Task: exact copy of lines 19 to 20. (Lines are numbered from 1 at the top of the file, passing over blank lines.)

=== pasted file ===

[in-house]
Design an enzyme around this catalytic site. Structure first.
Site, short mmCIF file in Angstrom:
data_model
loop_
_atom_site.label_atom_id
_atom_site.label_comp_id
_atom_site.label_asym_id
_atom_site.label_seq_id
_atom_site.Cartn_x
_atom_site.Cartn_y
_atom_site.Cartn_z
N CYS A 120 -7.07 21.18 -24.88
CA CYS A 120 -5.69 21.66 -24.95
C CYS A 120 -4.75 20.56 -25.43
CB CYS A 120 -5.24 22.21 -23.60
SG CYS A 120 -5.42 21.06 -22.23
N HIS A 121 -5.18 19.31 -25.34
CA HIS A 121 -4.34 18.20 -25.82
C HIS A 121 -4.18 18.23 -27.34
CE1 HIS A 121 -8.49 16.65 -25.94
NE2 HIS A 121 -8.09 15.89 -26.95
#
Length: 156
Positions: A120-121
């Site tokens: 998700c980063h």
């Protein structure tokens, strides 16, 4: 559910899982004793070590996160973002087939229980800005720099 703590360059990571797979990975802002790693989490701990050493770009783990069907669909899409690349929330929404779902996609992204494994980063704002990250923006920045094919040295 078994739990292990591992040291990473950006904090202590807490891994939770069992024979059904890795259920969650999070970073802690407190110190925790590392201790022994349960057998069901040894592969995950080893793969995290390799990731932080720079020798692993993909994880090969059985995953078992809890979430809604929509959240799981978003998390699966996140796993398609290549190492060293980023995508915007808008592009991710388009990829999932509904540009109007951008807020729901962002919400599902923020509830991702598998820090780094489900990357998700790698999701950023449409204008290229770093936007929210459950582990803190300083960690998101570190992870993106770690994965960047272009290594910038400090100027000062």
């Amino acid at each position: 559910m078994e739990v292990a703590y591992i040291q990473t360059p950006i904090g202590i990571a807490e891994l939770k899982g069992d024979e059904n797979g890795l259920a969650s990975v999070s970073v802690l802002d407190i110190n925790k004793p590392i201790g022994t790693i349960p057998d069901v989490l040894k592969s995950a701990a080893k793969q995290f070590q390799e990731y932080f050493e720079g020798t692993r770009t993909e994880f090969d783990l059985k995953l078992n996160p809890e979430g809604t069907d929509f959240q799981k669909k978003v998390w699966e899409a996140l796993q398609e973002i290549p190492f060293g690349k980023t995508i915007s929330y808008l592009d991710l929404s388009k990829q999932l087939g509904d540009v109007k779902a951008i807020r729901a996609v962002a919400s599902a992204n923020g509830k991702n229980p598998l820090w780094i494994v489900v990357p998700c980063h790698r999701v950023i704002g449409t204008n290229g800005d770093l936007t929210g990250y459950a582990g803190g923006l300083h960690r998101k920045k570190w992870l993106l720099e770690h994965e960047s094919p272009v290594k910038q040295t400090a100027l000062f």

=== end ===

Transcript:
CA HIS A 121 -4.34 18.20 -25.82
C HIS A 121 -4.18 18.23 -27.34